A sub-250gram 1.2-5” drone with similar flying characteristics as a standard 1.2-5”. A big advantage is that it is legal in most countries that have weight limits on fpv drones! It is capable of carrying an action camera with ease and it is insanely durable.
Regulators in the United States, Canada, the United Kingdom, continental Europe, Australia, and other regions have agreed that drones weighing less than 250 grams (0.55 pounds) are virtually harmless. In a fall or a collision, a sub-250g drone is just not going to cause the same kind of damage as a heavier drone. Since they consider sub-250g drones to pose the lowest risks, they have made them subject to fewer restrictions or requirements than their heavier counterparts. The rules differ in each country, but in many places, a sub-250g drone may not require registration, and may also be eligible for more complex operations, such as flying over people.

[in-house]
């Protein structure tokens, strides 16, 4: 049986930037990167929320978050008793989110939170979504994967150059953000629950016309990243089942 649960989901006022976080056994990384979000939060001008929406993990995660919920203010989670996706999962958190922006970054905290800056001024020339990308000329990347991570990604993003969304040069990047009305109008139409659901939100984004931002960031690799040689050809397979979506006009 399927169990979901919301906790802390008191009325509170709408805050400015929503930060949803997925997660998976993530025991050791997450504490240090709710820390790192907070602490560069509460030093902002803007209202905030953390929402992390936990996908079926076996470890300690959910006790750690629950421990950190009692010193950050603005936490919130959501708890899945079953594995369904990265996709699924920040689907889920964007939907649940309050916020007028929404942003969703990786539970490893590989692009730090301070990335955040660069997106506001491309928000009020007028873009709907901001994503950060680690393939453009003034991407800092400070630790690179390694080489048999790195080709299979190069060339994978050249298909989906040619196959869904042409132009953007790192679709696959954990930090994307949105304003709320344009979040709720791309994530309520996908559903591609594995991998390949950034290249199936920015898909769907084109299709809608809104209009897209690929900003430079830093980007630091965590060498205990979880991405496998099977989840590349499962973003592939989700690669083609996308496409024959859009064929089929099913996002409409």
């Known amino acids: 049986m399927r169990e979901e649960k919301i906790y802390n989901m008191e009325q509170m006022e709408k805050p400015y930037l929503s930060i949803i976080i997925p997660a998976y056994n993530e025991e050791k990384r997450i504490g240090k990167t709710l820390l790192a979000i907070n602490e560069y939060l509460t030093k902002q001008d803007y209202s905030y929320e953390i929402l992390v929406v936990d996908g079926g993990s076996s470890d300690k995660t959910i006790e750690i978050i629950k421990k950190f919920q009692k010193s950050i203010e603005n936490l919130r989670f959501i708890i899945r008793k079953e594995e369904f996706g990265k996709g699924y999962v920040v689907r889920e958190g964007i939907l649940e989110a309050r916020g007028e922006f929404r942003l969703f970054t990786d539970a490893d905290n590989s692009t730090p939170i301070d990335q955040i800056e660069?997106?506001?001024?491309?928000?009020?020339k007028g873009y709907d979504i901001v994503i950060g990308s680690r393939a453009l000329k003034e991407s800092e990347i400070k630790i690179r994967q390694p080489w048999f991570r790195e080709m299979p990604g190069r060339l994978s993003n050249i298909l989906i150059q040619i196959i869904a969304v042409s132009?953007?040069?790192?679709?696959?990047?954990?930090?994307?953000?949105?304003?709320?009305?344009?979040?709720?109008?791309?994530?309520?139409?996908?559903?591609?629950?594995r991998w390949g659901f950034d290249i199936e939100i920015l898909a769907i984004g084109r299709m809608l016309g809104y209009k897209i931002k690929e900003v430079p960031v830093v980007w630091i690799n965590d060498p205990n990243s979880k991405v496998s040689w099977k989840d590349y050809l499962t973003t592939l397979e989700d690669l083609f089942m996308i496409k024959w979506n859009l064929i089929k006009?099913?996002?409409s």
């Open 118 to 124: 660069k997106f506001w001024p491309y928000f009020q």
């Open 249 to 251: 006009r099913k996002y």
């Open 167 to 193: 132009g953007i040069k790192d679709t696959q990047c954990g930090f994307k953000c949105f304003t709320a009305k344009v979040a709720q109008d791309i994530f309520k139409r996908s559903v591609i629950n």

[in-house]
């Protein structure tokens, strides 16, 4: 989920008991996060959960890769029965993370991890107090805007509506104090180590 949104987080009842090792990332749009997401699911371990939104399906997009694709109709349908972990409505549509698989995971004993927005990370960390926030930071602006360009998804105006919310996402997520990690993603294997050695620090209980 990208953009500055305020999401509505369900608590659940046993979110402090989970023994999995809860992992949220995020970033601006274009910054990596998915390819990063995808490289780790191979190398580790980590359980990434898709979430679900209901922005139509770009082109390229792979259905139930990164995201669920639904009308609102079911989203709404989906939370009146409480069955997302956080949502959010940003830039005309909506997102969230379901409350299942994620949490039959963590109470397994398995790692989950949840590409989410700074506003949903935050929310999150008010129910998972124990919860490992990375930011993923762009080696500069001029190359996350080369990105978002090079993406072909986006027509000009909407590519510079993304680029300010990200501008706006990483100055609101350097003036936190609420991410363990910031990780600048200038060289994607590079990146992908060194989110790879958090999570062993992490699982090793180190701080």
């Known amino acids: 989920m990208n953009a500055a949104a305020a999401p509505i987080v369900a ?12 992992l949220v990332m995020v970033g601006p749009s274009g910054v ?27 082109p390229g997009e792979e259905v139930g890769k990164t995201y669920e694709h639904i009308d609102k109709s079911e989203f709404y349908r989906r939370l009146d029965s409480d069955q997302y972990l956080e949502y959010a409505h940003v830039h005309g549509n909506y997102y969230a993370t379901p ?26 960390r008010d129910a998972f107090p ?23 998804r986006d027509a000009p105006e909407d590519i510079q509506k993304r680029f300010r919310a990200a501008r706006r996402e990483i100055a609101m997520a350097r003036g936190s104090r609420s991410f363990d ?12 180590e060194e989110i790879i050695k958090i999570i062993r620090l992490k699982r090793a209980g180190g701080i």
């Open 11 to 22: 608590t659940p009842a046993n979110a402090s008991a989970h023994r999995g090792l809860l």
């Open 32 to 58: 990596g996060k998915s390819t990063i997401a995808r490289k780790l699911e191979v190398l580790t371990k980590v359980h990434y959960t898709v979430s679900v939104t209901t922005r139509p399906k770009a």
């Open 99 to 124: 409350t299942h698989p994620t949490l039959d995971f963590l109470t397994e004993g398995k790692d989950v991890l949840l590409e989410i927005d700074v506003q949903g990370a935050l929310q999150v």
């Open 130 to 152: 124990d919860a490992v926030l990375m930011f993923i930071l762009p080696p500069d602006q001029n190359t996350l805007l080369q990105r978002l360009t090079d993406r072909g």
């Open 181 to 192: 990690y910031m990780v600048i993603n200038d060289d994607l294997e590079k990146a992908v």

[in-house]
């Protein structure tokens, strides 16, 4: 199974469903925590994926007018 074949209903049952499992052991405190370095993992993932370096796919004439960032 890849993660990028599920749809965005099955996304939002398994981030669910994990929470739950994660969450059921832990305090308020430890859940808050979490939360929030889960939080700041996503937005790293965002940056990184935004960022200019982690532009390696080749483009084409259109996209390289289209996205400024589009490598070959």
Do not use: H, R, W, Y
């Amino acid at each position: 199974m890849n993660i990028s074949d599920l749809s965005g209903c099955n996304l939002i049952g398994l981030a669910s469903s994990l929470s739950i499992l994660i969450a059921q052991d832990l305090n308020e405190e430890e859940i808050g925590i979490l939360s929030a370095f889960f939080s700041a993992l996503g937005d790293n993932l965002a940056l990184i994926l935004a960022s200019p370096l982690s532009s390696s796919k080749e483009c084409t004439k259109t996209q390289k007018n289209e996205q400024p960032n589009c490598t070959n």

This sub-250g weight category was created in 2015, when the U.S. Federal Aviation Administration (FAA) asked a committee of aviation and drone experts to quickly determine the minimum weight of a drone that recreational drone pilots should be required to register. With personal safety the main goal, the committee employed complex formulas involving kinetic energy and terminal velocity to recommend a weight category of 250 grams and above, which the FAA then adopted.
While the 250g limit was intended only as a threshold for registration, it was quickly adopted by other countries as the threshold for many drone regulatory expectations. Any weight below that was considered so light that it was unlikely to cause safety problems, and thus there was little reason to impose stronger regulations. DJI later took a more comprehensive look at the science behind the calculations and concluded that the 250g limit was very conservative.